Good Morning, Space Station … A Dragon Soars Soon!

Good Morning, Space Station!

It’s sunrise from space – one of 16 that occur daily as the massive lab complex orbits the Earth about every 90 minutes while traveling swiftly at about 17,500 mph and an altitude of about 250 miles (400 kilometers).

Just stare in amazement at this gorgeous sunrise view of “Our Beautiful Earth” taken earlier today, Jan. 3, 2015, aboard the International Space Station (ISS) by crewmate and NASA astronaut Barry “Butch” Wilmore.

And smack dab in the middle is the Canadian-built robotic arm that will soon snatch a soaring Dragon!

Wilmore is the commander of the ISS Expedition 42 crew of six astronauts and cosmonauts hailing from three nations: America, Russia and Italy.

He is accompanied by astronauts Terry Virts from NASA and Samantha Cristoforetti from the European Space Agency (ESA) as well as by cosmonauts Aleksandr Samokutyayev, Yelena Serova, and Anton Shkaplerov from Russia.

All told the crew of four men and two women see 16 sunrises and 16 sunsets each day. During the daylight periods, temperatures reach 200 ºC, while temperatures plunge drastically during the night periods to -200 ºC.

Here’s another beautiful ISS sunset view captured on Christmas by Terry Virts:

Astronaut Terry Virts on the International Space Station shared this beautiful sunrise image on Twitter saying "Sunrise on Christmas morning - better than any present I could ask for!!!!"  Credit: NASA/Terry Virts
Astronaut Terry Virts on the International Space Station shared this beautiful sunrise image on Twitter saying “Sunrise on Christmas morning – better than any present I could ask for!!!!” Credit: NASA/Terry Virts

Virts tweeted the picture and wrote: “Sunrise on Christmas morning – better than any present I could ask for!!!!”

Another treasure from Virts shows the many splendid glorious colors of Earth seen from space but not from the ground:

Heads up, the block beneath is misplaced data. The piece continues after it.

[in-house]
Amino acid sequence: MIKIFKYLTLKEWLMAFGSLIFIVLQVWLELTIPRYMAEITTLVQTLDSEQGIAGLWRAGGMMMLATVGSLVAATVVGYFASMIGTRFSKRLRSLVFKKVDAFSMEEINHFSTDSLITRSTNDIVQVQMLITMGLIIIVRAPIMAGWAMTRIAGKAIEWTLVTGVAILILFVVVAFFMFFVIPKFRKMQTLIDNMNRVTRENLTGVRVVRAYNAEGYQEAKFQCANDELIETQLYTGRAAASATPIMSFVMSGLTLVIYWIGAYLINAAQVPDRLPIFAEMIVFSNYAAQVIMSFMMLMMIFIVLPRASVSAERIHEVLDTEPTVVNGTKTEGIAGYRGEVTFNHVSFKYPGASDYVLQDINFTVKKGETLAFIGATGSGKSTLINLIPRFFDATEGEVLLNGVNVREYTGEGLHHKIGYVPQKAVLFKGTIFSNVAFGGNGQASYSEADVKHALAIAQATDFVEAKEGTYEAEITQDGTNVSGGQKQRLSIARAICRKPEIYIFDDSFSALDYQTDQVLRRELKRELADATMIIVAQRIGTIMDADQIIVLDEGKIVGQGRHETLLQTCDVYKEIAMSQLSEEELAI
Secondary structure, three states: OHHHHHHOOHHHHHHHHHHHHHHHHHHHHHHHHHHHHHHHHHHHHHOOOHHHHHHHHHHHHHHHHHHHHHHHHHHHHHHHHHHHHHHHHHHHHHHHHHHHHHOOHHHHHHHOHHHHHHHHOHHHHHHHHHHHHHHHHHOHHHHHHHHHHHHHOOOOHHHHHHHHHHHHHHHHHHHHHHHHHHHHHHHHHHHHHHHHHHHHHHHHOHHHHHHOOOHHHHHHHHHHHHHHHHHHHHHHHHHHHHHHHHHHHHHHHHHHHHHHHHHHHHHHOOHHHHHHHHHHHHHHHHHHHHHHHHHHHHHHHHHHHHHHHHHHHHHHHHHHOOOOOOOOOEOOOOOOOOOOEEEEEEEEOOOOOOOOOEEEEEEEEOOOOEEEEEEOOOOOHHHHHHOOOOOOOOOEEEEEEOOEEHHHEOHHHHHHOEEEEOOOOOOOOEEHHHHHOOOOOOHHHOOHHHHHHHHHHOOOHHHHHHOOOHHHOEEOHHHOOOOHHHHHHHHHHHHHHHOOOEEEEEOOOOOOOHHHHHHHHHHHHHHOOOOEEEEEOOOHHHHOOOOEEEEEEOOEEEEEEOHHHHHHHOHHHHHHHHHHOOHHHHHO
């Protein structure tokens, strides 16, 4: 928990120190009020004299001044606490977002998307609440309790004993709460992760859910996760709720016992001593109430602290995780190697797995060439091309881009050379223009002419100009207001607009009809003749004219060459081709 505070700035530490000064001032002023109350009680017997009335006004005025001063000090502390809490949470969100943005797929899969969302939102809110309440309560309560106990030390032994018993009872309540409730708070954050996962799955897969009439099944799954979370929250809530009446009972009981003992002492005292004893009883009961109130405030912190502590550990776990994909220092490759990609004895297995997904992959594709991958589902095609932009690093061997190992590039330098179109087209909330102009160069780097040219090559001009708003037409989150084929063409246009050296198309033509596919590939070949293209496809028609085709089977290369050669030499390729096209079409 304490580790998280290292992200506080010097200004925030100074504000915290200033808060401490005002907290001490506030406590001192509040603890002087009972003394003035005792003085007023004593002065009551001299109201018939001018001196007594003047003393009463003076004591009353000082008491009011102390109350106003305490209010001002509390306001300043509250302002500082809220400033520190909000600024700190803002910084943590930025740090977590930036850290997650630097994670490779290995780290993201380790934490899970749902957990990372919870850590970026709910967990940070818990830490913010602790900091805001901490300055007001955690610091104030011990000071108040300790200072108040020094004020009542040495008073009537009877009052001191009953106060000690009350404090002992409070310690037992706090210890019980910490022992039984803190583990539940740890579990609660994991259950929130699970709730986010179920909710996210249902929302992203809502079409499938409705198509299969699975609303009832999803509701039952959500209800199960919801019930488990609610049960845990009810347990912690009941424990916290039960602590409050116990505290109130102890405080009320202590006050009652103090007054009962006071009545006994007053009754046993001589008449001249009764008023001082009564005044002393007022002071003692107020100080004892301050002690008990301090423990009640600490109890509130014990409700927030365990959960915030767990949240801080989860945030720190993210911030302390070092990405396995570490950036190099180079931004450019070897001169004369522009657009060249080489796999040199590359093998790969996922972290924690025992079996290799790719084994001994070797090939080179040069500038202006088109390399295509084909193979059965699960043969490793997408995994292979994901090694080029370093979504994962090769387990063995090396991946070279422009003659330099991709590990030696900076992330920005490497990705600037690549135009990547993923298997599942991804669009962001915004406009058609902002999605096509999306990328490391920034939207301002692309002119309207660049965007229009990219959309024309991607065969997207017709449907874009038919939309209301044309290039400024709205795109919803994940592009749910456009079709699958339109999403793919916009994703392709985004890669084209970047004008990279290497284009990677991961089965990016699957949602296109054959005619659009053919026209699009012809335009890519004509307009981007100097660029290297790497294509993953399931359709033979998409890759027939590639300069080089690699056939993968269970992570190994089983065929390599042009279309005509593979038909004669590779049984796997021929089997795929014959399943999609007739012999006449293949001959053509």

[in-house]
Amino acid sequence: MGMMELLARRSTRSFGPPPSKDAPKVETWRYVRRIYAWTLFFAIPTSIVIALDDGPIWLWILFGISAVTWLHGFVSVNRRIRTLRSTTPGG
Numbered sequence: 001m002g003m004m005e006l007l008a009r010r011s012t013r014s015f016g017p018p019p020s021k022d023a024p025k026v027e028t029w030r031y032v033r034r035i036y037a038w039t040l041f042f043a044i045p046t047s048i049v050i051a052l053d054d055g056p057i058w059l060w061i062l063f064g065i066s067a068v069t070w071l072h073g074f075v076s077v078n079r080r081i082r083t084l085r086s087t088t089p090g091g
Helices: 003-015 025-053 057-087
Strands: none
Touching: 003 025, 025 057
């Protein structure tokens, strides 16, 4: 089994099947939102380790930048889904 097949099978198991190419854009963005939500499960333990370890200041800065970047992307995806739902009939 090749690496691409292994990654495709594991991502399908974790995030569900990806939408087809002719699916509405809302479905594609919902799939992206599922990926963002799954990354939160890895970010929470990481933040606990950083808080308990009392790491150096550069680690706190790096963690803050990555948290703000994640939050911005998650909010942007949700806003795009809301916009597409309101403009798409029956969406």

“In space you see intense colors, shades of blue that I’d never seen before,” says NASA astronaut Terry Virts. Credit: NASA/@astro_terry
Sunset Over the Gulf of Mexico
“In space you see intense colors, shades of blue that I’d never seen before,” says NASA astronaut Terry Virts. Credit: NASA/@astro_terry

“In space you see intense colors, shades of blue that I’d never seen before,” says Virts from his social media accounts (http://instagram.com/astro_terry/) (http://instagram.com/iss).

“It’s been said a thousand times but it’s true: There are no borders that you can see from space, just one beautiful planet,” he says. “If everyone saw the Earth through that lens I think it would be a much better place.”

And many of the crews best images are taken from or of the 7 windowed Cupola.

Here’s an ultra cool shot of Butch waving Hi!

“Hi from the cupola!” #AstroButch.  Credit: NASA/ISS
“Hi from the cupola!” #AstroButch. Credit: NASA/ISS

And they all eagerly await the launch and arrival of a Dragon! Indeed it’s the SpaceX cargo Dragon currently slated for liftoff in three days on Tuesday, Jan. 6.

Weather odds are currently 60% favorable for launch of the unmanned space station resupply ship on the SpaceX CRS-5 mission.

The launch was postponed from Dec. 19 when a static fire test of the first stage engines on Dec. 17 shut down prematurely.

A second static fire test of the SpaceX Falcon 9 went the full duration of approximately 3 seconds and cleared the path for a liftoff attempt after the Christmas holidays.

New countdown clock at NASA’s Kennedy Space Center displays SpaceX Falcon 9 CRS-5 mission and recent Orion ocean recovery at the Press Site viewing area on Dec. 18, 2014.  Credit: Ken Kremer – kenkremer.com
New countdown clock at NASA’s Kennedy Space Center displays SpaceX Falcon 9 CRS-5 mission and recent Orion ocean recovery at the Press Site viewing area on Dec. 18, 2014. Credit: Ken Kremer – kenkremer.com

CRS-5 is slated to blast off at 6:20 a.m. EST Tuesday, Jan. 6, 2015, atop a SpaceX Falcon 9 rocket from Cape Canaveral Air Force Station in Florida.

NASA Television live launch coverage begins at 5 a.m. EST.

Assuming all goes well, Dragon will rendezvous at the ISS on Thursday, Jan. 8, for grappling and berthing by the astronauts maneuvering the 57 foot-long (22 m) Canadian built robotic arm.

Remember that you can always try and catch of glimpse of the ISS flying overhead by checking NASA’s Spot the Station website with a complete list of locations.

It’s easy to plug in and determine visibilities in your area worldwide.

And don’t forget to catch up on the Christmas holiday and New Year’s 2015 imagery and festivities from the station crews in my recent stories – here, here and here.

Stay tuned here for Ken’s continuing Earth and planetary science and human spaceflight news.

Ken Kremer

Happy New Year! Celebrating from space with @AstroTerry.  Credit: NASA/Terry Virts
Happy New Year! Celebrating from space with @AstroTerry. Credit: NASA/Terry Virts
ISS Expedition 42. Credit: NASA/ESA/Roscosmos
ISS Expedition 42. Credit: NASA/ESA/Roscosmos